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South Carolina Gamecocks in the MLB Draft: Michael Roth

This post continues our series on Gamecocks in the MLB Draft. This time, we're talking about Michael Roth. Needless to say, Roth is one of the most popular players on the Gamecocks' roster. After coming out of nowhere to shut down Clemson in the 2010 CWS (I've heard Tigers fans refer to Roth as Clemson kryptonite, which likely explains Roth's popularity among Carolina fans), Roth became our Friday starter in 2011 and had an All-American season, even being recognized as Player of the Year by some publications. He returned for his senior season, and while he's not been quite as dominant as he was in 2011, he's still been very good. What can you say? The guy has had a charmed career. Let's see if he can continue it at the next level.

Last Year

Roth was selected last year in the 31st round by the Cleveland Indians.


Roth is not a power pitcher (his fastball generally clocks in the mid- to upper eighties), but he's a smart guy who makes his living outwitting batters. He's your classic crafty lefty: He gets right-handed batters to chase after curves and bite on change-ups, and he likes to use a slider against left-handed batters. He also throws side-arm against lefties. There are many pro pitchers who are able to make a living off this kind of strategy, and Roth has certainly proven--the numbers speak for themselves--that he's capable of thriving off being a multiple-pitch guy.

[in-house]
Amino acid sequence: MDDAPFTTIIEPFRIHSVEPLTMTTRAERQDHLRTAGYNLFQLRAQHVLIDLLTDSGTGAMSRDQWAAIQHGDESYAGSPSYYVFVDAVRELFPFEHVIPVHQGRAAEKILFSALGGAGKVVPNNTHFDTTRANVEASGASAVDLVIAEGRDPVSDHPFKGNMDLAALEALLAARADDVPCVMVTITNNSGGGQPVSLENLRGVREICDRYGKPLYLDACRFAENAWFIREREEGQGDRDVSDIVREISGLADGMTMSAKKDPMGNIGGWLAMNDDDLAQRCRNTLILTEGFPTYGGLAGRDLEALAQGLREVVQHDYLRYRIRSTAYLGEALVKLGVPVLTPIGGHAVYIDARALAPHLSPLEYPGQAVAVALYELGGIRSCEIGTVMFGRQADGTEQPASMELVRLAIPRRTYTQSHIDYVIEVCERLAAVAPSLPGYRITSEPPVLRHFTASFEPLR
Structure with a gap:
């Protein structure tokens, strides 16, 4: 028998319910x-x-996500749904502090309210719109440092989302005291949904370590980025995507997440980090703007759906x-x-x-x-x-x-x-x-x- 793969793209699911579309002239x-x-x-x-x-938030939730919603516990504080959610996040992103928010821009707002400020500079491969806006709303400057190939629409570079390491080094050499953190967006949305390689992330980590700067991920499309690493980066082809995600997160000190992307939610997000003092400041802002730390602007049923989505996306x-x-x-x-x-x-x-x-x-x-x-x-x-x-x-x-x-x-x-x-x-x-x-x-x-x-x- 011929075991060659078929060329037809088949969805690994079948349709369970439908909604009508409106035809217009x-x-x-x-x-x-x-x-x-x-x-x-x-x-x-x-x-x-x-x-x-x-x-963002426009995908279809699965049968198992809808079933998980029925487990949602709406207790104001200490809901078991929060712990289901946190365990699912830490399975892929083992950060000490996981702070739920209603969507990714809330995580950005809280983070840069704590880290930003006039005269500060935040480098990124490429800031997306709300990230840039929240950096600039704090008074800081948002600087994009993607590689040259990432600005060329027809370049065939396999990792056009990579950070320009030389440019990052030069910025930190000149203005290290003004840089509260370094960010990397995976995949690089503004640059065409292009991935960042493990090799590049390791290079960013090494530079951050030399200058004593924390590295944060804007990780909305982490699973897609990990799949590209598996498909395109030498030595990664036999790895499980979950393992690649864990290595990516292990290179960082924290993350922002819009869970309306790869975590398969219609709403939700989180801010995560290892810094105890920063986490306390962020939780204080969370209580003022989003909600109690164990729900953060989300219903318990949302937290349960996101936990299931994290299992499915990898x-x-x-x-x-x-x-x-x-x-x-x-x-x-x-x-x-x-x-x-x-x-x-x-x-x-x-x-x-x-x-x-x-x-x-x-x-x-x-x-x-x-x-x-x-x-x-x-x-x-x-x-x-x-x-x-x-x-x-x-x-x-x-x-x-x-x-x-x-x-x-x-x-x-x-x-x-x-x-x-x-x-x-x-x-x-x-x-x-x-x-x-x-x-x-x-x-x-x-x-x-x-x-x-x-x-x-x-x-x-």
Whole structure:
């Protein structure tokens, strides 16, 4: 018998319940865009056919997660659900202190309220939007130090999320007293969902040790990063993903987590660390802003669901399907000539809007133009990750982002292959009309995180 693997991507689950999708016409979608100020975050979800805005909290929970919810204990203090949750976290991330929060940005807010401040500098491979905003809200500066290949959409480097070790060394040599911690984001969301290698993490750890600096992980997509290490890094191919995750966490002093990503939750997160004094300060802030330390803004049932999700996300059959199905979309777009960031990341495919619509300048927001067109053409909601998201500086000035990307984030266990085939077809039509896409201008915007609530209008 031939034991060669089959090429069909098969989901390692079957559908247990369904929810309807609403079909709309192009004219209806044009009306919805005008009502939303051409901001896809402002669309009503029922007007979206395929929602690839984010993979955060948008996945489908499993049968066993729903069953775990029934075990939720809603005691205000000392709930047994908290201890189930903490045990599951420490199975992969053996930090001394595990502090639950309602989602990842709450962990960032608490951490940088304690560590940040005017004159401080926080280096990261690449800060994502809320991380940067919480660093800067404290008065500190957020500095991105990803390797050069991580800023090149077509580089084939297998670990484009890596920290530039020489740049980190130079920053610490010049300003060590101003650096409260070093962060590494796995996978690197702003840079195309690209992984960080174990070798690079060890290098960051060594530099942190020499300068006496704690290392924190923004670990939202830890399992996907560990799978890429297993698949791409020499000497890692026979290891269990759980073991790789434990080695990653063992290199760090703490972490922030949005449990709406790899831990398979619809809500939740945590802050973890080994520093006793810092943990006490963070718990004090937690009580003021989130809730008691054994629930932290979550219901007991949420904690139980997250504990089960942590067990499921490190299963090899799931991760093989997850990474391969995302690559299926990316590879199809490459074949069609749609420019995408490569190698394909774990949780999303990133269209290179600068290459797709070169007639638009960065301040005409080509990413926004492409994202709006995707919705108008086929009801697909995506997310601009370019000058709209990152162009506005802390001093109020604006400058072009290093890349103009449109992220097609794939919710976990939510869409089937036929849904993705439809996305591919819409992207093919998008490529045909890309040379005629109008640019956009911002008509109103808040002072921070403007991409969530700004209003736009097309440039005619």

As said, Roth isn't a power pitcher. His velocity has increased since he arrived at USC; he started in the low eighties, and he's now regularly getting into the high eighties. That's respectable. However, it won't consistently get it done for a MLB fastball, and he may find that without a really great fastball, he won't be able to outsmart more talented batters quite as often as he has in college.

In Sum

Based on his lack of a strong fastball, there are question marks about whether Roth can be a stellar starter in the pros. However, his ability to deal effectively with various types of batters, particularly right-handers, may make him a valuable situational reliever. That might be his best bet for making it in MLB.